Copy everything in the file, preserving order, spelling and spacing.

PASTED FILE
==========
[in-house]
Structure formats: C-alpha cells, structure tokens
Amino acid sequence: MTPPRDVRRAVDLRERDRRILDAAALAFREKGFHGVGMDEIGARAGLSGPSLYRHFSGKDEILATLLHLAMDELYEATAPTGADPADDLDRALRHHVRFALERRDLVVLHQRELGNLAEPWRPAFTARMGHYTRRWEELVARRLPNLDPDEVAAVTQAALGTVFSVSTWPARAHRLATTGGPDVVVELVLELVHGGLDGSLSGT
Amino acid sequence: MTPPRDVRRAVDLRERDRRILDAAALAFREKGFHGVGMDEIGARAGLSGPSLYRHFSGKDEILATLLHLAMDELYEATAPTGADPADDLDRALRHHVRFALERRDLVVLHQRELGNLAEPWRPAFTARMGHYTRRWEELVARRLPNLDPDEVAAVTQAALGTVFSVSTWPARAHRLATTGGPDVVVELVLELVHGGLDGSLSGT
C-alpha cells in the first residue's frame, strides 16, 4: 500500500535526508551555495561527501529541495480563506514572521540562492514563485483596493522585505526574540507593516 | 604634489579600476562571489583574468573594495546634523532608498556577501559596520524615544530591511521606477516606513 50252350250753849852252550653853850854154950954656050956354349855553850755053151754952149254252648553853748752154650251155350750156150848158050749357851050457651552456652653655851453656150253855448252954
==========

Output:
[in-house]
Structure formats: C-alpha cells, structure tokens
Amino acid sequence: MTPPRDVRRAVDLRERDRRILDAAALAFREKGFHGVGMDEIGARAGLSGPSLYRHFSGKDEILATLLHLAMDELYEATAPTGADPADDLDRALRHHVRFALERRDLVVLHQRELGNLAEPWRPAFTARMGHYTRRWEELVARRLPNLDPDEVAAVTQAALGTVFSVSTWPARAHRLATTGGPDVVVELVLELVHGGLDGSLSGT
Amino acid sequence: MTPPRDVRRAVDLRERDRRILDAAALAFREKGFHGVGMDEIGARAGLSGPSLYRHFSGKDEILATLLHLAMDELYEATAPTGADPADDLDRALRHHVRFALERRDLVVLHQRELGNLAEPWRPAFTARMGHYTRRWEELVARRLPNLDPDEVAAVTQAALGTVFSVSTWPARAHRLATTGGPDVVVELVLELVHGGLDGSLSGT
C-alpha cells in the first residue's frame, strides 16, 4: 500500500535526508551555495561527501529541495480563506514572521540562492514563485483596493522585505526574540507593516 | 604634489579600476562571489583574468573594495546634523532608498556577501559596520524615544530591511521606477516606513 50252350250753849852252550653853850854154950954656050956354349855553850755053151754952149254252648553853748752154650251155350750156150848158050749357851050457651552456652653655851453656150253855448252954